Yellen Reiterates Stance Ahead of Holiday Weekend
Yellen Reiterates Stance Ahead of Holiday Weekend
U.S. Markets posted another week of modest, yet positive, returns as traders waited for a speech Friday from Fed Chair Janet Yellen. Speaking at the Providence Chamber of Commerce, the Fed Chair stayed consistent with her message of anticipating an initial rate hike this year while ensuring the markets that the pace of subsequent hikes would be both gradual and data dependent. Specifically, Yellen offered the following perspective, “If conditions develop as my colleagues and I expect, then the FOMC’s objectives of maximum employment and price stability would best be achieved by proceeding cautiously, which I expect would mean that it will be several years before the federal funds rate would be back to its normal, longer-run level (full speech here).” A normal, longer run Fed Funds Rate, according to the latest FOMC projections which were released in March, suggest a range somewhere between 3.5% and 4.0%.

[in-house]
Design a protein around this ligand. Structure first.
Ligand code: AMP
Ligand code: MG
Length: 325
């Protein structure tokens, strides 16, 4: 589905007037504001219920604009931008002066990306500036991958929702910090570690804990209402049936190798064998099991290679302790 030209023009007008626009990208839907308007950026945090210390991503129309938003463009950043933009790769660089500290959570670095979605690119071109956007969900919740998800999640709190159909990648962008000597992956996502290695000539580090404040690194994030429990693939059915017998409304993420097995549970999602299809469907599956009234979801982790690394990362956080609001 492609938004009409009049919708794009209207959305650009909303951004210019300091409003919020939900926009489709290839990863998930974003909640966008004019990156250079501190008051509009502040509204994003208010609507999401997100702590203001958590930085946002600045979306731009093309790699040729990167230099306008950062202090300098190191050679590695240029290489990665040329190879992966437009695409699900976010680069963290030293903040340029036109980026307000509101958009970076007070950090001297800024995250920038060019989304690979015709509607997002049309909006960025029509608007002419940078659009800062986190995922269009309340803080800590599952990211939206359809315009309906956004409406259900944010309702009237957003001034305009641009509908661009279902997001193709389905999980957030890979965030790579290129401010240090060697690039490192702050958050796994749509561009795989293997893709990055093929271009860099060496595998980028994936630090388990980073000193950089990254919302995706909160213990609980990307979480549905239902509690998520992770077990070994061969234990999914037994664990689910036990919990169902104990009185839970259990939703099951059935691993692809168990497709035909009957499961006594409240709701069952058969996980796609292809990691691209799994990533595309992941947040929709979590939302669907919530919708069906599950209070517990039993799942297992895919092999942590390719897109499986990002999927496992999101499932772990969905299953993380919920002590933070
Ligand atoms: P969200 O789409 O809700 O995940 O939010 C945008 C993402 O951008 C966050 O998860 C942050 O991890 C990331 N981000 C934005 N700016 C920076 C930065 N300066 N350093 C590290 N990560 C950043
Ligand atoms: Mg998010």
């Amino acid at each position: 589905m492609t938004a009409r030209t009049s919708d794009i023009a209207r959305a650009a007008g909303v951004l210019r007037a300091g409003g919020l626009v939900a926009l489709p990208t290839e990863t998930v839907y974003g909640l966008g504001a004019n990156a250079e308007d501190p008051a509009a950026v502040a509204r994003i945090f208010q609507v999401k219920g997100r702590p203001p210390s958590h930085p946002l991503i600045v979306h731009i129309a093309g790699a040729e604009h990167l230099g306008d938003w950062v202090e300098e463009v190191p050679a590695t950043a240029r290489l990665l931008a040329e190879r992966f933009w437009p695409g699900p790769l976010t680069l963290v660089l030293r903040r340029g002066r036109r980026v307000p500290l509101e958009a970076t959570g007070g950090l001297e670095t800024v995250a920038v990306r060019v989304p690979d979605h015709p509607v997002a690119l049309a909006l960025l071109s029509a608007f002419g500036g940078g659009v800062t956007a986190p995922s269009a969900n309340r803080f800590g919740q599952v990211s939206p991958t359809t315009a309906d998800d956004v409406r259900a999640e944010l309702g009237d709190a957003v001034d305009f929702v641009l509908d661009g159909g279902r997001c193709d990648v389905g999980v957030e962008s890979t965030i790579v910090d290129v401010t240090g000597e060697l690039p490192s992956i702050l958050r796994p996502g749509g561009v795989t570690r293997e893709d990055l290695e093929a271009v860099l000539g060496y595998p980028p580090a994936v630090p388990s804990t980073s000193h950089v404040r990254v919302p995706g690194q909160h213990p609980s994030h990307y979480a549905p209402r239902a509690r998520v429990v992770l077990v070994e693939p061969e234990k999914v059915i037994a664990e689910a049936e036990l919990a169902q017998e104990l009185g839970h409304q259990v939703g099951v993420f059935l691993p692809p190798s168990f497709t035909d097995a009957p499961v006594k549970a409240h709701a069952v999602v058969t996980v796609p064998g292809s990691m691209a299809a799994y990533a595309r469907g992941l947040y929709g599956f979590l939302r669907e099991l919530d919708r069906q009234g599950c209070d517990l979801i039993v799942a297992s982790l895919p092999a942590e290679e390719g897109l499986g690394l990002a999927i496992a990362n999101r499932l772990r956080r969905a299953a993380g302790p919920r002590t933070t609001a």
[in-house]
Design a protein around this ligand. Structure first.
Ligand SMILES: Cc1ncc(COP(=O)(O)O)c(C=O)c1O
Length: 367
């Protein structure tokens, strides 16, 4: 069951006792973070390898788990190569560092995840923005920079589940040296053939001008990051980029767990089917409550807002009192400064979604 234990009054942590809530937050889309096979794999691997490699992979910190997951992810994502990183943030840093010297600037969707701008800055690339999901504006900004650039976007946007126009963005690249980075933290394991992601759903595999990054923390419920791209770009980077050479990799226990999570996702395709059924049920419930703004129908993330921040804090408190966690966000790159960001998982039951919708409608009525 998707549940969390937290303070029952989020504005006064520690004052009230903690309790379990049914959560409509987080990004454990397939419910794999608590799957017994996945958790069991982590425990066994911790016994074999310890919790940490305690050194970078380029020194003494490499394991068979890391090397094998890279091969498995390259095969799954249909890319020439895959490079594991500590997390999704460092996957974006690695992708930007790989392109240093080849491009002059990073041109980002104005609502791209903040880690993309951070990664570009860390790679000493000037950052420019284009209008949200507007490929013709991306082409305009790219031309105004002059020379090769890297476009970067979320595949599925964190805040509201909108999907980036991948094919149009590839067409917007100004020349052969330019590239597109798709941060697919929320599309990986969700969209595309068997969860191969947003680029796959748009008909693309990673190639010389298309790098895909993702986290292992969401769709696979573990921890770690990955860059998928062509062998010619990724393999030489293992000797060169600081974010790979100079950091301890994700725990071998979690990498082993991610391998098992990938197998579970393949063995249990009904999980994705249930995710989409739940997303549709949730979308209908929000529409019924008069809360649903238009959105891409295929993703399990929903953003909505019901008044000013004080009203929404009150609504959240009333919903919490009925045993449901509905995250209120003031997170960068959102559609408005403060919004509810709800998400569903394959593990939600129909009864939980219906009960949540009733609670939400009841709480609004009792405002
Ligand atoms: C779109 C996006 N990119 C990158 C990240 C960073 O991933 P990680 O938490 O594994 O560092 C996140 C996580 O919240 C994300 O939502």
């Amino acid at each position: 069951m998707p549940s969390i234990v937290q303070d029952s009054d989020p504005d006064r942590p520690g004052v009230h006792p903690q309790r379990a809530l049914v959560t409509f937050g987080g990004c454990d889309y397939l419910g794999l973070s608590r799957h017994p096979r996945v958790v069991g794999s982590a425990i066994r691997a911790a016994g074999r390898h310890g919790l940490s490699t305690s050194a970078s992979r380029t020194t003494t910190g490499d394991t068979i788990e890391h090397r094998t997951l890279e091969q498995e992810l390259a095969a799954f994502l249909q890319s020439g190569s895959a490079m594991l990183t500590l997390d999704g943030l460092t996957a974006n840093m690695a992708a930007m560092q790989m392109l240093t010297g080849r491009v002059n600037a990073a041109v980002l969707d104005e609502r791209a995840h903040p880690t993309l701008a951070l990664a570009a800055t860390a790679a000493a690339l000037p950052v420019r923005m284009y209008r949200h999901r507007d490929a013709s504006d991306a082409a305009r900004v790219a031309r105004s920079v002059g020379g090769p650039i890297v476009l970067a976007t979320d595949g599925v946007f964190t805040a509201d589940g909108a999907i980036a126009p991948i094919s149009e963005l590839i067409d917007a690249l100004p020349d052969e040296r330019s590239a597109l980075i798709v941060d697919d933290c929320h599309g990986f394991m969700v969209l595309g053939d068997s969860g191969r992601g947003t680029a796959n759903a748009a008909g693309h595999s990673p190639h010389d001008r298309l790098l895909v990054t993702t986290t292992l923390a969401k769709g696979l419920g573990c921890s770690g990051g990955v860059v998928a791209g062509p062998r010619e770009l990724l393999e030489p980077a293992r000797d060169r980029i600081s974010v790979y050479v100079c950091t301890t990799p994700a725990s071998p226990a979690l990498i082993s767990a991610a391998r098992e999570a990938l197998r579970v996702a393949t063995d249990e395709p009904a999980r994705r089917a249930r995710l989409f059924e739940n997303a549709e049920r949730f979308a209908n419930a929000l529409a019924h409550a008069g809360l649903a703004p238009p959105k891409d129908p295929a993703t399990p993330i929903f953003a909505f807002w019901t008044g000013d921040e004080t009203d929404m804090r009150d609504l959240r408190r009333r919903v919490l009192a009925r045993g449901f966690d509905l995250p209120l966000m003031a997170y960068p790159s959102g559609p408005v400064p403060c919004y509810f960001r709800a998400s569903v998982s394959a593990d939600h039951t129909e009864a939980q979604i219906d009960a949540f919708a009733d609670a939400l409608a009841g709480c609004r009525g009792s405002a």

To reiterate, Yellen’s speech on Friday was very much consistent with her previous comments regarding her assessment of the economy and future interest rate hikes. So, while we believe that monetary policy headlines will continue to influence market performance over the short term, the reality is that the U.S. is in a low interest rate, low growth environment that appears to be sticking around for the foreseeable future. Unfortunately, far too many individuals read into these headlines and make short term decisions while attempting to achieve a longer term goal. Rather than “collect” securities based on the latest headlines, investors should make their strategic portfolio decisions based on their understanding of the environment they are likely to face over the intermediate to long term time horizon.